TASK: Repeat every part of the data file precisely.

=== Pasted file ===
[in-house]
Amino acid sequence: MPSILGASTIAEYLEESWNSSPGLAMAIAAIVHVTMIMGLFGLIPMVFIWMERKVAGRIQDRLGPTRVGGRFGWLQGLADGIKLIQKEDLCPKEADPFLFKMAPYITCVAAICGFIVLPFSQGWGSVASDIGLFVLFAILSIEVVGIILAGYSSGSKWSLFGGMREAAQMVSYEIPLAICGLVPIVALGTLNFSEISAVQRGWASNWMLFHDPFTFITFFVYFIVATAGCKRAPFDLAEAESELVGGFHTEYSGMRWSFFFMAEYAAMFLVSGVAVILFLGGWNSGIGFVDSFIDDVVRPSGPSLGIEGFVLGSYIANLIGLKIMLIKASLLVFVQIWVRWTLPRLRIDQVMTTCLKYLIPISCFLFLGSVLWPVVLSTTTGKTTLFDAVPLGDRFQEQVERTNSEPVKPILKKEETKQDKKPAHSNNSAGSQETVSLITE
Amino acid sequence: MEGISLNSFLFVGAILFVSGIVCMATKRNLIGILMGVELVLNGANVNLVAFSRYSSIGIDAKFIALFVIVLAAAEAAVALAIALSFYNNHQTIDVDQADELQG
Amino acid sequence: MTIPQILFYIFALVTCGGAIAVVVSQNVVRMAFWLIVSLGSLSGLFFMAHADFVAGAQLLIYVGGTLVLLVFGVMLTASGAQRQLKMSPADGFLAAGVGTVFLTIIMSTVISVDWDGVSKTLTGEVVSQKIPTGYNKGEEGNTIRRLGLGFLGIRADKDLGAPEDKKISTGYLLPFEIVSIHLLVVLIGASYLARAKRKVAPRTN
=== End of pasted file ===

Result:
[in-house]
Amino acid sequence: MPSILGASTIAEYLEESWNSSPGLAMAIAAIVHVTMIMGLFGLIPMVFIWMERKVAGRIQDRLGPTRVGGRFGWLQGLADGIKLIQKEDLCPKEADPFLFKMAPYITCVAAICGFIVLPFSQGWGSVASDIGLFVLFAILSIEVVGIILAGYSSGSKWSLFGGMREAAQMVSYEIPLAICGLVPIVALGTLNFSEISAVQRGWASNWMLFHDPFTFITFFVYFIVATAGCKRAPFDLAEAESELVGGFHTEYSGMRWSFFFMAEYAAMFLVSGVAVILFLGGWNSGIGFVDSFIDDVVRPSGPSLGIEGFVLGSYIANLIGLKIMLIKASLLVFVQIWVRWTLPRLRIDQVMTTCLKYLIPISCFLFLGSVLWPVVLSTTTGKTTLFDAVPLGDRFQEQVERTNSEPVKPILKKEETKQDKKPAHSNNSAGSQETVSLITE
Amino acid sequence: MEGISLNSFLFVGAILFVSGIVCMATKRNLIGILMGVELVLNGANVNLVAFSRYSSIGIDAKFIALFVIVLAAAEAAVALAIALSFYNNHQTIDVDQADELQG
Amino acid sequence: MTIPQILFYIFALVTCGGAIAVVVSQNVVRMAFWLIVSLGSLSGLFFMAHADFVAGAQLLIYVGGTLVLLVFGVMLTASGAQRQLKMSPADGFLAAGVGTVFLTIIMSTVISVDWDGVSKTLTGEVVSQKIPTGYNKGEEGNTIRRLGLGFLGIRADKDLGAPEDKKISTGYLLPFEIVSIHLLVVLIGASYLARAKRKVAPRTN